The usefulness of mammography is dependent on the proper use of dedicated mammography equipment, the diagnostic skills of the interpreter, and assessing and diminishing barriers to its regular use. These issues have been and are currently being addressed in an effort to promote safe and effective mass screening for early-stage breast cancer.
As knowledge and use of mammography slowly increased after the beginning of early promotion efforts, the Nationwide Evaluation of X-Ray Trends demonstrated a great variation in dose and image quality among mammography sites. This report emerged at the time that the ACS was initiating its National Breast Cancer Awareness Screening Program.
Troubled by the Nationwide Evaluation of X-Ray Trends report and hoping to alleviate the problems it identified, the ACS approached the ACR to stimulate the development of quality standards for mammography facilities. With funding from the ACS, the voluntary ACR Mammography Accreditation Program was established and began to accredit mammography facilities in August 1987. The application process included a questionnaire to obtain information about personnel, volume, and type of examinations performed; the imaging system through evaluation of phantom images and dose delivery; and, most important, assessment of clinical images to evaluate positioning, contrast, compression, and image-label identifiers.
The process of clinical image evaluation was performed by a group of radiologists with extensive experience in mammography who were trained to identify problems in clinical images that would hinder or prevent identification of early breast cancer. Evaluation of the image processing was later added when it was learned that many problems identified by clinical image review could be traced to faulty processor performance. Over time, greater understanding of the link between high-quality mammography and the goals of breast cancer screening led to new regulatory initiatives.
Maryland was the first state to pass legislation pertaining to quality assurance in mammography. In 1986, legislation was passed that required mammography examinations to be performed with machinery designed and built only for mammography. These dedicated units were vastly superior to mammography performed on general purpose machines in terms of dose and image quality. By 1993, 41 states and the District of Columbia had either passed legislation or established regulations addressing quality mammography.
Toward the end of 1990, Congress added mammography to the benefit package for Medicare-eligible women and included quality standards for sites approved to provide services to Medicare beneficiaries. These standards were heavily influenced by the ACR Mammography Accreditation Program standards. Also in that year, Congress passed the Breast and Cervical Cancer Mortality Prevention Act of 1990 (PL 101-354), appropriating funds to the CDC for state programs to provide breast and cervical cancer screening to low-income women. Recognizing the importance of high-quality mammography, the CDC required facilities that provided services under this program to be certified by the Health Insurance Financing Administration and to have ACR accreditation. By this time, a mammography facility could have been operating under a state standard, a federal standard, and a voluntary standard, each of which could vary on important criteria related to quality.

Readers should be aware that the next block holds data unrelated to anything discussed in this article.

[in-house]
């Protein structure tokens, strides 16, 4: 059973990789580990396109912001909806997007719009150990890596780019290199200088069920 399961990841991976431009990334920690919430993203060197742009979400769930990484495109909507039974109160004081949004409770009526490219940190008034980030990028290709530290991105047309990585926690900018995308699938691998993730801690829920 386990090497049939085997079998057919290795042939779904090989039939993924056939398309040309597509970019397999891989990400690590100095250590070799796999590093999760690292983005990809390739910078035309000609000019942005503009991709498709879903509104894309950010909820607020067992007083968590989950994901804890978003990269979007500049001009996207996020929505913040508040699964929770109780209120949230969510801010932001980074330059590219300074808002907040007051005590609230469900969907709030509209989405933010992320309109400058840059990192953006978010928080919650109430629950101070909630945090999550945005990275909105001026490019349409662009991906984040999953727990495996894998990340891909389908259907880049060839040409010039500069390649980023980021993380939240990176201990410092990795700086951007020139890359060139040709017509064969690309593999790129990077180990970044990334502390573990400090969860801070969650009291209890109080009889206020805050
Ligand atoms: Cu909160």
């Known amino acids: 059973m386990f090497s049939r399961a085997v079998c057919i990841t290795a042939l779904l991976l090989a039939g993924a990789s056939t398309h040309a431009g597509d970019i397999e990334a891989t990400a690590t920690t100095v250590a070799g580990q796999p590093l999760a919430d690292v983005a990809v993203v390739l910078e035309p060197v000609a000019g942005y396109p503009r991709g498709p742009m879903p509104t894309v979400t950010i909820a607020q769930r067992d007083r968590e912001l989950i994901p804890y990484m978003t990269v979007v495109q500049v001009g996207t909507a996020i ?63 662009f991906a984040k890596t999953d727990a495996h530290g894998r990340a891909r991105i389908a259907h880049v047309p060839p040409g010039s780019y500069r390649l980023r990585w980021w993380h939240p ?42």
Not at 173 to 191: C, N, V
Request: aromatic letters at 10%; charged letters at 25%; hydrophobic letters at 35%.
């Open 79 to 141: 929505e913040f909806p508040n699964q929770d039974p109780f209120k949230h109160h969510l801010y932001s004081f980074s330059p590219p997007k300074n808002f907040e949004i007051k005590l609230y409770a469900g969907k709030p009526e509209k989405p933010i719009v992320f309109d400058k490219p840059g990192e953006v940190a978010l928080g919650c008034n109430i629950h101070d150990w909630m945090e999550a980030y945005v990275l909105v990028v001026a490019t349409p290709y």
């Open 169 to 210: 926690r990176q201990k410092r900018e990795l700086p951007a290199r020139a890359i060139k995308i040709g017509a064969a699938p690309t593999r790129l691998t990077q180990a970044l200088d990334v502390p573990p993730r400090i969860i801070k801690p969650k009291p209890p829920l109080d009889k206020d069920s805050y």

On the other hand, a facility might have operated with little or no oversight, because ACR accreditation was voluntary, and the facility might choose not to offer screening to Medicare beneficiaries or to participate in the CDC program. Although a majority of states had regulations governing mammography quality assurance, state oversight was inconsistent at best. Thus, even with the emergence of new quality-oriented programs, the majority of facilities still had uneven adherence to quality standards. In order to ensure that women could depend on a uniform set of quality standards in all mammography facilities, in 1992 Congress passed the Mammography Quality Standards Act (MQSA), which was signed by President George Bush in October of that year. Under MQSA, all facilities offering mammography services would be required to be accredited by a private accrediting body, undergo an annual on-site inspection, and be certified by an agency designated by the Secretary of Health and Human Services.